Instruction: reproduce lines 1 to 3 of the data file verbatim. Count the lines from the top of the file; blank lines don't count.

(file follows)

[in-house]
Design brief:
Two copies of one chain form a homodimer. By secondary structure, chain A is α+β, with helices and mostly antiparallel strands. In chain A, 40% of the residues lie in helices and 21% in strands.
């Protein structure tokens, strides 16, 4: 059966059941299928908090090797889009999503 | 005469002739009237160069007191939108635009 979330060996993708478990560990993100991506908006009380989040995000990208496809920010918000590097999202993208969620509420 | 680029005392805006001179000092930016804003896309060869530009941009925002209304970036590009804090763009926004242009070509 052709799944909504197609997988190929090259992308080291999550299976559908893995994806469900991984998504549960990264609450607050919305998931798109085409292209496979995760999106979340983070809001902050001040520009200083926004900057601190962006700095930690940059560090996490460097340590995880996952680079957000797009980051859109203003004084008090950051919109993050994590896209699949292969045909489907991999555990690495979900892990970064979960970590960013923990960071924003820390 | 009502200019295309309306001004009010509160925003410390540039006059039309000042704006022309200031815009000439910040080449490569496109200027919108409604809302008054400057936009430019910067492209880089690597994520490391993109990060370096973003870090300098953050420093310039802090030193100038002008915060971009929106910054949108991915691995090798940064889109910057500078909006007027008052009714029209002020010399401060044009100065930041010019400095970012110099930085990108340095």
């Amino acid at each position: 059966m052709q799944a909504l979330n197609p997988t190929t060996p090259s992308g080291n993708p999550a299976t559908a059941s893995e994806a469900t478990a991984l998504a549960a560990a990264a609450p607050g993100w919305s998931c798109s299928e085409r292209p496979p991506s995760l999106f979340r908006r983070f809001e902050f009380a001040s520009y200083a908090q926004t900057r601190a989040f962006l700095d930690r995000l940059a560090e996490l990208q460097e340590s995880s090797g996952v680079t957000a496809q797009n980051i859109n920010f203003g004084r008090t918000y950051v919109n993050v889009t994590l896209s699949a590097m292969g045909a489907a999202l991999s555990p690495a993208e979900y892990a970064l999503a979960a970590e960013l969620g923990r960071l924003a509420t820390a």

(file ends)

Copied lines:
[in-house]
Design brief:
Two copies of one chain form a homodimer. By secondary structure, chain A is α+β, with helices and mostly antiparallel strands. In chain A, 40% of the residues lie in helices and 21% in strands.